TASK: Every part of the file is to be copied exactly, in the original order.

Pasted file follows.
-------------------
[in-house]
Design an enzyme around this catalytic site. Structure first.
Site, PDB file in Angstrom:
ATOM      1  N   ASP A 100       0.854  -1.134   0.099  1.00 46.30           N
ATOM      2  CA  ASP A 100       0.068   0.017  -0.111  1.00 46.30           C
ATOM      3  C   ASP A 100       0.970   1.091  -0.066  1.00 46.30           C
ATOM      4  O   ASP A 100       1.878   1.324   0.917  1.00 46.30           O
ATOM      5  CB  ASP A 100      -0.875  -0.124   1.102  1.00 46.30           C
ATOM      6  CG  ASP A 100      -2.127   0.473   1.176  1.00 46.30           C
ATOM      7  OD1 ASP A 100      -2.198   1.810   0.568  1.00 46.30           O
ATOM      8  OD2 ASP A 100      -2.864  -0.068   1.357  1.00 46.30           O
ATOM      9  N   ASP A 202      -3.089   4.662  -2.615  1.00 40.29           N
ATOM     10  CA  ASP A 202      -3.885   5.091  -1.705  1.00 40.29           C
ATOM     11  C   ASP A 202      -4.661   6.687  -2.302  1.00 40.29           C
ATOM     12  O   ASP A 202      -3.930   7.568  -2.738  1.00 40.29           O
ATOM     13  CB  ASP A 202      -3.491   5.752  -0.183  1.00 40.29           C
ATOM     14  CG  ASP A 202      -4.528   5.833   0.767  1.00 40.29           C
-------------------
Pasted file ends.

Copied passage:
[in-house]
Design an enzyme around this catalytic site. Structure first.
Site, PDB file in Angstrom:
ATOM      1  N   ASP A 100       0.854  -1.134   0.099  1.00 46.30           N
ATOM      2  CA  ASP A 100       0.068   0.017  -0.111  1.00 46.30           C
ATOM      3  C   ASP A 100       0.970   1.091  -0.066  1.00 46.30           C
ATOM      4  O   ASP A 100       1.878   1.324   0.917  1.00 46.30           O
ATOM      5  CB  ASP A 100      -0.875  -0.124   1.102  1.00 46.30           C
ATOM      6  CG  ASP A 100      -2.127   0.473   1.176  1.00 46.30           C
ATOM      7  OD1 ASP A 100      -2.198   1.810   0.568  1.00 46.30           O
ATOM      8  OD2 ASP A 100      -2.864  -0.068   1.357  1.00 46.30           O
ATOM      9  N   ASP A 202      -3.089   4.662  -2.615  1.00 40.29           N
ATOM     10  CA  ASP A 202      -3.885   5.091  -1.705  1.00 40.29           C
ATOM     11  C   ASP A 202      -4.661   6.687  -2.302  1.00 40.29           C
ATOM     12  O   ASP A 202      -3.930   7.568  -2.738  1.00 40.29           O
ATOM     13  CB  ASP A 202      -3.491   5.752  -0.183  1.00 40.29           C
ATOM     14  CG  ASP A 202      -4.528   5.833   0.767  1.00 40.29           C